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Need some advice in a Coonan .357 pistol I just bought

LarryGLarryG Member Posts: 3

I bought a Coonan Classic .357 pistol recently from a local gun store, used as a firing range rental. Decided to give it a good cleaning and change out the recoil spring with a new Wolff spring. The spring arrived a couple of days ago and I saw a second much spring that looks like a Coonan firing pin spring.

When I pulled the old recoil spring out, it was a good one inch shorter than the new Wolff spring, I was thinking the spring might have been clipped? But why would someone cut off nearly 20% of the recoil spring? The new one I installed and racked it a few times, pretty stiff but I expected that for a new spring,

Second question concerning the smaller firing pin spring..I swap out recoil springs every 4000 rounds,,,am I missing something by not swapping out the firing pin spring too?

Appreciate you help in advance. Thanks

Comments

  • rufe-snowrufe-snow Member Posts: 18,517 ✭✭✭

    Range rental guns, normally have thousands of rounds fired through them. Semi-autos in 357, require hot loads to function correctly. Back in the day. I had one of the early Desert Eagles in 357. It would only work with hot loads. I tried to reload some easier shooting loads, it choked on them.

    I hope your Coonan works OK, and you got some sort of a functioning guarantee from the range.

  • charliemeyer007charliemeyer007 Member Posts: 7,348 ✭✭✭

    Springs can be interesting, especially in autoloaders. Length, diameter of the wire, material its made from and temper are factors in the design. You have a used gun, who knows what was done to it or why? Perhaps the spring was cut to make it a 38 Special +P.

    Back in the day when I ran a 1911, I put in a heavier recoil spring to replace the GI one. I have no idea of the round count except that I shot that pistol enough to make it a smooth bore using mostly cast bullets. I never changed the firing pin spring.

  • LarryGLarryG Member Posts: 3

    Gents, thanks for the feedback...yes, I imagine this ex-range pistol has had it's share of rounds run through it. I was very surprised when I swapped out the recoil spring with the Wolff full power replacement. Guess it really does not matter why someone clipped the old one, the Coonan now has a new 22 pound one installed now.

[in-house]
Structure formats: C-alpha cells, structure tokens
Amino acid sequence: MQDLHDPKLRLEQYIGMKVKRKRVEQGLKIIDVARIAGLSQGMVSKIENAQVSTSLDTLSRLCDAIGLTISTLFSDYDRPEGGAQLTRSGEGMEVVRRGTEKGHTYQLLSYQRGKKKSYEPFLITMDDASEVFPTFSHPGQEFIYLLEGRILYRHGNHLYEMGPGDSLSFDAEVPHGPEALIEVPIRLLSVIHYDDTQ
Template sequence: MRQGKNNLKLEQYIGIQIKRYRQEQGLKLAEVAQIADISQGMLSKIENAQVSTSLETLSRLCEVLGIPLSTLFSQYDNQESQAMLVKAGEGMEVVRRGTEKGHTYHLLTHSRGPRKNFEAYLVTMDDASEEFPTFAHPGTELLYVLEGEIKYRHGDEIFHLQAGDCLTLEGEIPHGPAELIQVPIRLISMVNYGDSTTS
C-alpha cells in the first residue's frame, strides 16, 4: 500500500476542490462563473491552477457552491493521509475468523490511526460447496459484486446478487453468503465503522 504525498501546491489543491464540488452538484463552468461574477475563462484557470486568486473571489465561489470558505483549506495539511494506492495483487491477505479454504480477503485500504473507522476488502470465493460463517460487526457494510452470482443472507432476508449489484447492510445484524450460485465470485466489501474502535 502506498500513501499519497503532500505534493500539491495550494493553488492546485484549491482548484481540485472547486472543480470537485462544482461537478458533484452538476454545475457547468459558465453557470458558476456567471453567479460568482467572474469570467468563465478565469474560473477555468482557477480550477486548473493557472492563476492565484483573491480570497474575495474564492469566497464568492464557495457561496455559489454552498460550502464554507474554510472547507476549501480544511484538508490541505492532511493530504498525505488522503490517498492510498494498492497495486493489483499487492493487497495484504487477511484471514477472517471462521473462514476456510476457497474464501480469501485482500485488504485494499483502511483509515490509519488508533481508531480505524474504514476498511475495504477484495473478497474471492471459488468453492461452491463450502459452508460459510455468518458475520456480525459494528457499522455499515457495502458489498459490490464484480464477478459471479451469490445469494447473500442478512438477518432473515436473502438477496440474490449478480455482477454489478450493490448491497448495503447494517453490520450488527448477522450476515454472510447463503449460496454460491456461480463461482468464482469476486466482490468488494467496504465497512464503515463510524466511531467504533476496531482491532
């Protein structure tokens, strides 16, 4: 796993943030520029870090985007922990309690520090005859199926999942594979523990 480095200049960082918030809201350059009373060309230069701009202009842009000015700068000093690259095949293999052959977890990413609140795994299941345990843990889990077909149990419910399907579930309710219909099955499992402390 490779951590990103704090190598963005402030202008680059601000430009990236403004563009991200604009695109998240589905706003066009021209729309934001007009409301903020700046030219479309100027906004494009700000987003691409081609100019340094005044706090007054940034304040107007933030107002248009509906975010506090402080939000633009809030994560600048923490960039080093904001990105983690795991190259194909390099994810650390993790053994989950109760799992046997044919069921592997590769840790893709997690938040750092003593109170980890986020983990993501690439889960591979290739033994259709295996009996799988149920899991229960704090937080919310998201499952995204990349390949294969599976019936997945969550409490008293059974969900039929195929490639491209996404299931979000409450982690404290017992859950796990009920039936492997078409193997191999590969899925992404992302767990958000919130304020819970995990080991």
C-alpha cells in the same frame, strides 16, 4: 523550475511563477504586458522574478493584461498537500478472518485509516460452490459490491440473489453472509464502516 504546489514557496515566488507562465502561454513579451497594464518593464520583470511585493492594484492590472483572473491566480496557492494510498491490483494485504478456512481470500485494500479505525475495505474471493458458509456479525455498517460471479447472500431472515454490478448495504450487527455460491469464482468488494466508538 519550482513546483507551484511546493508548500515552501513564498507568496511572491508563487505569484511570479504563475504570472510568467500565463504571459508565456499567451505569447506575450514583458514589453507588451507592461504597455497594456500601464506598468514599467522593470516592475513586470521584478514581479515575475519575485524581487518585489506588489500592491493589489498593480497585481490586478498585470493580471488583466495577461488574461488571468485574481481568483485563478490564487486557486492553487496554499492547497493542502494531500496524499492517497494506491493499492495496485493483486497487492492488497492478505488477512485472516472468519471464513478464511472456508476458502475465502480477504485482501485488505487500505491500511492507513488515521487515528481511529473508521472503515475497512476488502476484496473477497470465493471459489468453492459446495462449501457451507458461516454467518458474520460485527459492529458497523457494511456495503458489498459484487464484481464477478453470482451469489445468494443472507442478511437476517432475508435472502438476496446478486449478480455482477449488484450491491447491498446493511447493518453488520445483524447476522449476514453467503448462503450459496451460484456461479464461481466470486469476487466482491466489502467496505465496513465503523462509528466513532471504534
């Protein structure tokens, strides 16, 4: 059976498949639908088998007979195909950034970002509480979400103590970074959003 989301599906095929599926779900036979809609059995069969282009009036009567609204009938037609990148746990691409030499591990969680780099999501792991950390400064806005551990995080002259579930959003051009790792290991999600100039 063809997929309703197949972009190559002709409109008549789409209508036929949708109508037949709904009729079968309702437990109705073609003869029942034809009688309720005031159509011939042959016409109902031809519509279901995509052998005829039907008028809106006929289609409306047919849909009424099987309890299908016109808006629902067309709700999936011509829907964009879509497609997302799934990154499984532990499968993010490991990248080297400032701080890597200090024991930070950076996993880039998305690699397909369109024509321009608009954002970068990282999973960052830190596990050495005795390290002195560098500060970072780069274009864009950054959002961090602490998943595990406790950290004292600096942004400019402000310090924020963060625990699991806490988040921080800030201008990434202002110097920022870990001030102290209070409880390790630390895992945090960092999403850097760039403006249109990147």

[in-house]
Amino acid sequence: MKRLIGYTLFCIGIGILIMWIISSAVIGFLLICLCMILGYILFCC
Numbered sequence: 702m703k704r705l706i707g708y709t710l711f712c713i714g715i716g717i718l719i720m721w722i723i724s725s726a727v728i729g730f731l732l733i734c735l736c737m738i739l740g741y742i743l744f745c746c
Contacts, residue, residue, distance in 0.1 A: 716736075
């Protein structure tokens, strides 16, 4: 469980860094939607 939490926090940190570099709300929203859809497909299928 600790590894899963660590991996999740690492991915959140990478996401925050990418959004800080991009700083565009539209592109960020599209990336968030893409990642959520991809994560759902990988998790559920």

As long as I'm messing with springs I might as well change out the firing pin spring while I'm at it and give this thing a complete cleanup. Thanks again.

  • GrasshopperGrasshopper Member Posts: 14,377 ✭✭✭

    When Coonan was in business they shipped a 38 spring with them. Might be what you have. They MAY have rented it to shoot 38's. A question worth asking. I checked a couple months ago and Coonan was still not shipping, maybe changed?

  • LarryGLarryG Member Posts: 3

    Found that in December 3rd of 2019 the entire Coonan business and equipment was auctioned off. Coonan Arms is gone.


    I actually thought that the recoil spring may have been the one furnished by Coonan for .38 rounds. I have an original Coonan .38 spring to compare with, is not the same. It doe'st matter now anyway, I have a standard full power spring already installed and have changed out the firing pin spring as well.

  • dfletcherdfletcher Member Posts: 8,084 ✭✭✭

    The simplest suggestion is probably the correct one - lots of rounds through it. I suppose the range could have left a 38 Special specific spring in the gun. I have an older Coonan and pretty sure that's only swap out needed.

    I hope they gave you plenty of magazines - they ain't cheap. Makes me not feel so bad buying mags for the Steyr GB. :)

  • charliemeyer007charliemeyer007 Member Posts: 7,348 ✭✭✭

    Not sure about them, their website is still up but last copyrighted 2015 and isn't secure. no https:

    http://www.coonaninc.com/

  • rufe-snowrufe-snow Member Posts: 18,517 ✭✭✭

    I don't know if it makes a difference? Or if you even know? But their are different generations of Coonan's. The first ones, I remember, date to the mid 80's. They were out of business for awhile, after that first run. Then they started being made again.

    Don't know if there is any difference. Between the early 20 th, and later 21 Century production Coonan's?

    From my experience, with the 357 Desert Eagle. Semi-autos, chambered for magnum revolver cartridges. Are heavy clunkers, that have limited real world useability. If you want a heavy hitter in semi-auto. 10 mm is shaping up, to be the only game in town.

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